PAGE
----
Reville, P. and Weiss, E. (2019). Broader, Bolder, Better: How Schools and Communities Help Students Overcome the Disadvantages of Poverty. Harvard Education Press: Cambridge, MA.

Reville, P. (2018, June 11). Reville: 9 Places Where Communities & Families Are Working Together in a New Social Compact for Student Success. The 74 Million.

Reville, P. (2018, July 28). For Teachers' Unions to Survive, It's Time to Go Positive for Students. Education Week.

Reville, P., and Sacks, L. (2018, October 2). Sustaining Collaborative Action. Stanford Social Innovation Review.

Reville, P. (2017, January 17). The Next Chapter of Educational Reform: Building a New Human Capital Engine. Federal Reserve Bank of Boston Communities and Banking.

Reville, P. (2017, February 8). The elusive quest for equity and excellence in US school reform. Nature Human Behaviour, 1 (2).

Reville, P. (2017, August 10). Summer enrichment for kids for all kids. Providence Journal.

Reville, P. (2017, November 27). Instruction alone is not enough to help all students succeed. Scholastic.

Reville, P. (2016, March 14). End the charter school wars. A new path forward can be good for charter and district schools. Commonwealth Magazine.

Reville, P. (2016, March 25). Third Semester: A Point of Privilege. Real Clear Education.

Ladd. H., Noguera, P., Reville, P., & Starr, J. (2016, April 15). Why This is Our Education Policy Moment. Education Week, Op-Ed.

Reville, P. (2016, October 11). An Urgent Call to Action for Education Leaders Fixing the ‘disillusionment’ in education reform. Education Week, 36 (08), 22-23.

Reville, P. (2016, Nov. 9). What the Trump presidency will mean for schools. TES.

Reville, P. (2016, November 24). Betsy DeVos: a fierce advocate for choice who will face a fight with Congress and unions to push through reform. Times Education Supplement.

Reville, P. (2015, January 20). The next steps in education reform. Once again, we need to ask: What more needs to be done? The Boston Globe.

Reville, P. (2015, March 18). How to get world-class leaders for world-class schools. The Boston Globe.

Reville, Paul. (2015). The Journey Toward Equity and Excellence: The Massachusetts Experience. In A. M. Blankstein Editor & P. Noguera Editor (Eds.), Excellence Through Equity (pp. 185-201). Thousand Oaks, CA: Corwin.

Reville, P. (2015, July 7). Why We Fail to Address the Achievement Gap. Education Week, 34(36), 22-23.

Reville, P. (2014). How to create a new k-12 engine. Education Week, 33(29), 24 & 28.

Reville, P. (2013). Seize the moment to design schools that close gaps. Education Week, 32(33), 36.

Reville, P. (2013, June 10). Accelerate progress on education. The Boston Globe.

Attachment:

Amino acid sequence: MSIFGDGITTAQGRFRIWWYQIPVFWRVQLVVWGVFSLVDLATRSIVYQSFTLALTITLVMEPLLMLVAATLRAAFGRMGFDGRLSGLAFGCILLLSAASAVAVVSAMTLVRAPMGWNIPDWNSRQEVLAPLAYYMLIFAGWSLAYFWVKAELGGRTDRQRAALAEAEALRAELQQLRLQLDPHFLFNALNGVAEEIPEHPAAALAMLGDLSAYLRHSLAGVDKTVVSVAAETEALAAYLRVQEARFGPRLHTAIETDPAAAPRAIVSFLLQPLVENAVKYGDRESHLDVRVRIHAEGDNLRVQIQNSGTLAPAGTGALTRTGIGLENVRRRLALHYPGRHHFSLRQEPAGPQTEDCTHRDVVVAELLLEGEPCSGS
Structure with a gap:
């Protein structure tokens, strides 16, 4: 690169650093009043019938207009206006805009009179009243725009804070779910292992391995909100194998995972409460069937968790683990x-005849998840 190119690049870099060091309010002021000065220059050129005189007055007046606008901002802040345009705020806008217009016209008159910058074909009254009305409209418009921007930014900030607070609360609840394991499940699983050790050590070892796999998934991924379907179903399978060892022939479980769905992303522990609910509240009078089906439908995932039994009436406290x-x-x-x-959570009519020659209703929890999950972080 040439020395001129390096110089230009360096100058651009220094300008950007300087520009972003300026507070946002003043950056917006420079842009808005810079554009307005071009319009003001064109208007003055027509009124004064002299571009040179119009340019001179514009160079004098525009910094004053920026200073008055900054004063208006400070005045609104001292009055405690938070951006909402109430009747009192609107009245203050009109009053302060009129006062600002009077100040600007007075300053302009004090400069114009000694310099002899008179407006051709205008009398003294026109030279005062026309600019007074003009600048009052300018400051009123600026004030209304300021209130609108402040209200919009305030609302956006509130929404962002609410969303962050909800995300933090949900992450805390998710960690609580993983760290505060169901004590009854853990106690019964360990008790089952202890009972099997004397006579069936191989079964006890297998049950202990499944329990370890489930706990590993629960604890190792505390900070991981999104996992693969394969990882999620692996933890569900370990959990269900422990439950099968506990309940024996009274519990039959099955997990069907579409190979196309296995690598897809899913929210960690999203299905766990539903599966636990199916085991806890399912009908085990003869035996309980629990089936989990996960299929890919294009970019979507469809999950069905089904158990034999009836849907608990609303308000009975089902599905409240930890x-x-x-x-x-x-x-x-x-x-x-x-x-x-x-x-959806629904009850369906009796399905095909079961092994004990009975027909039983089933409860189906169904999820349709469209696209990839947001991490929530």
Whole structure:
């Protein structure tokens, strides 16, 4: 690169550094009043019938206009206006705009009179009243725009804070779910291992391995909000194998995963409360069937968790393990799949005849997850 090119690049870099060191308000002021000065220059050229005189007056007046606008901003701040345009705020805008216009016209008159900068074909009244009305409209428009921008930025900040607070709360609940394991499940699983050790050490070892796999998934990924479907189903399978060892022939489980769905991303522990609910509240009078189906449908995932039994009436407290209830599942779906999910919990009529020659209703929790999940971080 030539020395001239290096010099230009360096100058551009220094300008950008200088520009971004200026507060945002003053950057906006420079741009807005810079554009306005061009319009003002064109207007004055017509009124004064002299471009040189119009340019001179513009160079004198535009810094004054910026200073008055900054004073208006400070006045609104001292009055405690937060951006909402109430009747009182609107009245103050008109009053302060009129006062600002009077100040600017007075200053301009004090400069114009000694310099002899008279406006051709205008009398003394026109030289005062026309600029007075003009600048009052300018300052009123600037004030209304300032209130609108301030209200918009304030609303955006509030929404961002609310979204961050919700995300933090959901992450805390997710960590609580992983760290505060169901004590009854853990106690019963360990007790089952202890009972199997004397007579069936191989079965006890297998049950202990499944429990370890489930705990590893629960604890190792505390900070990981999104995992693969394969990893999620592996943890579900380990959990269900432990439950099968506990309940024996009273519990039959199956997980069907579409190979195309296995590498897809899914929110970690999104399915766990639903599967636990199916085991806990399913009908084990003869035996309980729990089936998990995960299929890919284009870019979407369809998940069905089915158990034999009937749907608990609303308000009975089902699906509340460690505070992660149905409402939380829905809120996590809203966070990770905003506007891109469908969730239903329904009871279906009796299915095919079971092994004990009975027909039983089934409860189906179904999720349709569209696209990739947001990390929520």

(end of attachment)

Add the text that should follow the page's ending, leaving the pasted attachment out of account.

Reville, P. (2013, October 24). From the stands, a lesson in sportsmanship. Cognoscenti.

Pazzanese, C. (2013, November 22). Core objectives: Potential in new k-12 benchmarks mightier than challenges, says Reville of HGSE. Harvard Gazette.

Tanden, N., & Reville, P. (2013, December 4). Taking a page from the bay state’s education playbook. U.S. News & World Report.

Reville, S. P. (2012, April/May). Gateway cities education agenda update. Worcester Telegram & Gazette.

Henig, J., Malone, H. J., & Reville, P. (2012). Addressing the disadvantages of poverty: Why ignore themost important challenge of the post-standards era? In J. Mehta, R. J. Schwartz, & F. M. Hess (Eds.), The futures of school reform (pp. 119-149). Cambridge, MA: Harvard Education Press.

Reville, P. (2012, January 3). Poverty perspectives: A new educational delivery system for success. Spotlight on Poverty and Opportunity.

Reville, P. (2008). Chapter 3: A mountain beyond mountains. In S. Redding, & H. J. Wahlberg (Eds.), Handbook on statewide systems of support (pp. 15-18). Charlotte, NC: Information Age Publishing.


Chair, Massachusetts Board of Education, Commonwealth of Massachusetts,(2002-2008)

Secretary of Education, Commonwealth of Massachusetts,(2008-2013)

WGBH, Bi-weekly Commentator, Boston Public Radio

National Education Association (NEA) Foundation, Senior Fellow

Boston Public Schools Superintendent Tommy Chang’s Transition Team, Member

Massachusetts Foundation Budget Review Commission, Gubernatorial Appointee

Bellwether, Board of Directors, Member

BELL, Chair, Massachusetts Leadership Council

Rennie Center for Research and Policy, Board Member

MedScience, Harvard Medical School, Board Chair

Boston After School and Beyond, Board Member

PEAR, Harvard Medical School, National Advisory Council, Member

Massachusetts Business Alliance for Education, Honorary Board Member

National Center on Time and Learning, Chair, National Advisory Council

Wheelock College, Corporator

Debate Mate, Board Member

Massachusetts Department of Elementary & Secondary Education and the Institute of Research, Advisory Committee on District & School Accountability

College for Social Innovation, Advisory Board

Enterprise Cities, Babson Global Inc., Academic Advisory Council, Member

New Profit, Reimagine Education, Domain Member